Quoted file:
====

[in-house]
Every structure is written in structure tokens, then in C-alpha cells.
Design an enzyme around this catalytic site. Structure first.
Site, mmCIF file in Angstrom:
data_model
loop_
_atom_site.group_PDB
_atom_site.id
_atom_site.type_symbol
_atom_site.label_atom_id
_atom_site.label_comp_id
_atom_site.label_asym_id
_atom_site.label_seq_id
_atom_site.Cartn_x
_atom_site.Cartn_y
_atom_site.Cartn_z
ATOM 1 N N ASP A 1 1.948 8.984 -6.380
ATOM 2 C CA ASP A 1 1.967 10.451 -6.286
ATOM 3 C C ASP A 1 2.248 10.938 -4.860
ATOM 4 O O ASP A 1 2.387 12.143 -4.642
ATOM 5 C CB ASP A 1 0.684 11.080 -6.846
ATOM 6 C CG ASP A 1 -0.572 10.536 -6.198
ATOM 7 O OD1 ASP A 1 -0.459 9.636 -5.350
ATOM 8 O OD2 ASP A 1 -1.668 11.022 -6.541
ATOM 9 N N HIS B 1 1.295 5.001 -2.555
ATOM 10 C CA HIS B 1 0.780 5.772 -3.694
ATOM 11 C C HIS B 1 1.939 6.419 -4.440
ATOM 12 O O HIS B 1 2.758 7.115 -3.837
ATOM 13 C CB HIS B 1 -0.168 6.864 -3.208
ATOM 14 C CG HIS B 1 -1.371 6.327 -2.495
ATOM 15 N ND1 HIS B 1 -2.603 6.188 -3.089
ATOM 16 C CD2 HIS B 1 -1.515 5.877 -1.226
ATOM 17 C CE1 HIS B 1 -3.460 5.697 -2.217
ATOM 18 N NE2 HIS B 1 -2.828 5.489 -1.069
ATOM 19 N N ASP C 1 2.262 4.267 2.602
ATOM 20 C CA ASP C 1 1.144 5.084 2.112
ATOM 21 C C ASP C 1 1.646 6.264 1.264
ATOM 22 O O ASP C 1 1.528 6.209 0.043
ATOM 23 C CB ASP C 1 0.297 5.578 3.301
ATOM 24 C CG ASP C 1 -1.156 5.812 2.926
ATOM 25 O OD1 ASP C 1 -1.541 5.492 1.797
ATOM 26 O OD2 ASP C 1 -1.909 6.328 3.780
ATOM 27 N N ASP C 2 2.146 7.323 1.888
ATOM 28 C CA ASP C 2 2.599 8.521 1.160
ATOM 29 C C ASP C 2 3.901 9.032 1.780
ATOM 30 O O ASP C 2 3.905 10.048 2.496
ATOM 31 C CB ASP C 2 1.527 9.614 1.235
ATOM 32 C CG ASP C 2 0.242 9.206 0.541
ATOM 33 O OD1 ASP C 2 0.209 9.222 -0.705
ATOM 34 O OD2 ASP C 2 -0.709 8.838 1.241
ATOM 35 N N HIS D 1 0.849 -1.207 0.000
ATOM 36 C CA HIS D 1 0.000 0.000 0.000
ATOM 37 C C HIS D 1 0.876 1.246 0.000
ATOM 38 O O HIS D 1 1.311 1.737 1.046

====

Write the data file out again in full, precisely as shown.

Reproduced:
[in-house]
Every structure is written in structure tokens, then in C-alpha cells.
Design an enzyme around this catalytic site. Structure first.
Site, mmCIF file in Angstrom:
data_model
loop_
_atom_site.group_PDB
_atom_site.id
_atom_site.type_symbol
_atom_site.label_atom_id
_atom_site.label_comp_id
_atom_site.label_asym_id
_atom_site.label_seq_id
_atom_site.Cartn_x
_atom_site.Cartn_y
_atom_site.Cartn_z
ATOM 1 N N ASP A 1 1.948 8.984 -6.380
ATOM 2 C CA ASP A 1 1.967 10.451 -6.286
ATOM 3 C C ASP A 1 2.248 10.938 -4.860
ATOM 4 O O ASP A 1 2.387 12.143 -4.642
ATOM 5 C CB ASP A 1 0.684 11.080 -6.846
ATOM 6 C CG ASP A 1 -0.572 10.536 -6.198
ATOM 7 O OD1 ASP A 1 -0.459 9.636 -5.350
ATOM 8 O OD2 ASP A 1 -1.668 11.022 -6.541
ATOM 9 N N HIS B 1 1.295 5.001 -2.555
ATOM 10 C CA HIS B 1 0.780 5.772 -3.694
ATOM 11 C C HIS B 1 1.939 6.419 -4.440
ATOM 12 O O HIS B 1 2.758 7.115 -3.837
ATOM 13 C CB HIS B 1 -0.168 6.864 -3.208
ATOM 14 C CG HIS B 1 -1.371 6.327 -2.495
ATOM 15 N ND1 HIS B 1 -2.603 6.188 -3.089
ATOM 16 C CD2 HIS B 1 -1.515 5.877 -1.226
ATOM 17 C CE1 HIS B 1 -3.460 5.697 -2.217
ATOM 18 N NE2 HIS B 1 -2.828 5.489 -1.069
ATOM 19 N N ASP C 1 2.262 4.267 2.602
ATOM 20 C CA ASP C 1 1.144 5.084 2.112
ATOM 21 C C ASP C 1 1.646 6.264 1.264
ATOM 22 O O ASP C 1 1.528 6.209 0.043
ATOM 23 C CB ASP C 1 0.297 5.578 3.301
ATOM 24 C CG ASP C 1 -1.156 5.812 2.926
ATOM 25 O OD1 ASP C 1 -1.541 5.492 1.797
ATOM 26 O OD2 ASP C 1 -1.909 6.328 3.780
ATOM 27 N N ASP C 2 2.146 7.323 1.888
ATOM 28 C CA ASP C 2 2.599 8.521 1.160
ATOM 29 C C ASP C 2 3.901 9.032 1.780
ATOM 30 O O ASP C 2 3.905 10.048 2.496
ATOM 31 C CB ASP C 2 1.527 9.614 1.235
ATOM 32 C CG ASP C 2 0.242 9.206 0.541
ATOM 33 O OD1 ASP C 2 0.209 9.222 -0.705
ATOM 34 O OD2 ASP C 2 -0.709 8.838 1.241
ATOM 35 N N HIS D 1 0.849 -1.207 0.000
ATOM 36 C CA HIS D 1 0.000 0.000 0.000
ATOM 37 C C HIS D 1 0.876 1.246 0.000
ATOM 38 O O HIS D 1 1.311 1.737 1.046